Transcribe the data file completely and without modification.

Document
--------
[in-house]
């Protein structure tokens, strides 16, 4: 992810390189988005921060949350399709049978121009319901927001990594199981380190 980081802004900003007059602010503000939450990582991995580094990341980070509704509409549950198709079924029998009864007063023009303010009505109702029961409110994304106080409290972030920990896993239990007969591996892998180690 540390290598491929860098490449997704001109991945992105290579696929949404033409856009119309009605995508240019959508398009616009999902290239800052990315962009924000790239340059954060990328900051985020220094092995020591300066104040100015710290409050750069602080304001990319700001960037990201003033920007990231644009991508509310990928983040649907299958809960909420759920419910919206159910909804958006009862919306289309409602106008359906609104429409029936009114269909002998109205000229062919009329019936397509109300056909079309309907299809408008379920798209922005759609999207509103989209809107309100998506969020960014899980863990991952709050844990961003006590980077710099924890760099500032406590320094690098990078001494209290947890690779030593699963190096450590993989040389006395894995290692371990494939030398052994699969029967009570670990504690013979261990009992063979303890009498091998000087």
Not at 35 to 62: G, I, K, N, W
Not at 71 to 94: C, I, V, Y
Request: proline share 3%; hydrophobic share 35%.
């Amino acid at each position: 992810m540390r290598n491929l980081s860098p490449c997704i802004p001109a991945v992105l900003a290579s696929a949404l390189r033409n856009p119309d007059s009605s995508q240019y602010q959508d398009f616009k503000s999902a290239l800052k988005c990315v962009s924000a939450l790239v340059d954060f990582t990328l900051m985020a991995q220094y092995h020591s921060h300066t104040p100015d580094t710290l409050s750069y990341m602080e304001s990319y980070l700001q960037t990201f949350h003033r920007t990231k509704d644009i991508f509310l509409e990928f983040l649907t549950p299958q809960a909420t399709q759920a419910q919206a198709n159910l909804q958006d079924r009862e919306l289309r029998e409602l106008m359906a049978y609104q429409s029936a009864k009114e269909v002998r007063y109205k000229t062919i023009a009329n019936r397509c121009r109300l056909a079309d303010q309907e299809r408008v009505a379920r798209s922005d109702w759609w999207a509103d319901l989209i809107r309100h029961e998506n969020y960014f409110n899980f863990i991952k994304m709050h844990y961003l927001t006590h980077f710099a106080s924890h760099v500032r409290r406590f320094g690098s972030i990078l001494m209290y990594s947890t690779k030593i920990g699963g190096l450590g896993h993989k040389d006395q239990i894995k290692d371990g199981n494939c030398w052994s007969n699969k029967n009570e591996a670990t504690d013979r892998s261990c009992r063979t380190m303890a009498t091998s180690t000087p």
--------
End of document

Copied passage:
[in-house]
């Protein structure tokens, strides 16, 4: 992810390189988005921060949350399709049978121009319901927001990594199981380190 980081802004900003007059602010503000939450990582991995580094990341980070509704509409549950198709079924029998009864007063023009303010009505109702029961409110994304106080409290972030920990896993239990007969591996892998180690 540390290598491929860098490449997704001109991945992105290579696929949404033409856009119309009605995508240019959508398009616009999902290239800052990315962009924000790239340059954060990328900051985020220094092995020591300066104040100015710290409050750069602080304001990319700001960037990201003033920007990231644009991508509310990928983040649907299958809960909420759920419910919206159910909804958006009862919306289309409602106008359906609104429409029936009114269909002998109205000229062919009329019936397509109300056909079309309907299809408008379920798209922005759609999207509103989209809107309100998506969020960014899980863990991952709050844990961003006590980077710099924890760099500032406590320094690098990078001494209290947890690779030593699963190096450590993989040389006395894995290692371990494939030398052994699969029967009570670990504690013979261990009992063979303890009498091998000087």
Not at 35 to 62: G, I, K, N, W
Not at 71 to 94: C, I, V, Y
Request: proline share 3%; hydrophobic share 35%.
């Amino acid at each position: 992810m540390r290598n491929l980081s860098p490449c997704i802004p001109a991945v992105l900003a290579s696929a949404l390189r033409n856009p119309d007059s009605s995508q240019y602010q959508d398009f616009k503000s999902a290239l800052k988005c990315v962009s924000a939450l790239v340059d954060f990582t990328l900051m985020a991995q220094y092995h020591s921060h300066t104040p100015d580094t710290l409050s750069y990341m602080e304001s990319y980070l700001q960037t990201f949350h003033r920007t990231k509704d644009i991508f509310l509409e990928f983040l649907t549950p299958q809960a909420t399709q759920a419910q919206a198709n159910l909804q958006d079924r009862e919306l289309r029998e409602l106008m359906a049978y609104q429409s029936a009864k009114e269909v002998r007063y109205k000229t062919i023009a009329n019936r397509c121009r109300l056909a079309d303010q309907e299809r408008v009505a379920r798209s922005d109702w759609w999207a509103d319901l989209i809107r309100h029961e998506n969020y960014f409110n899980f863990i991952k994304m709050h844990y961003l927001t006590h980077f710099a106080s924890h760099v500032r409290r406590f320094g690098s972030i990078l001494m209290y990594s947890t690779k030593i920990g699963g190096l450590g896993h993989k040389d006395q239990i894995k290692d371990g199981n494939c030398w052994s007969n699969k029967n009570e591996a670990t504690d013979r892998s261990c009992r063979t380190m303890a009498t091998s180690t000087p």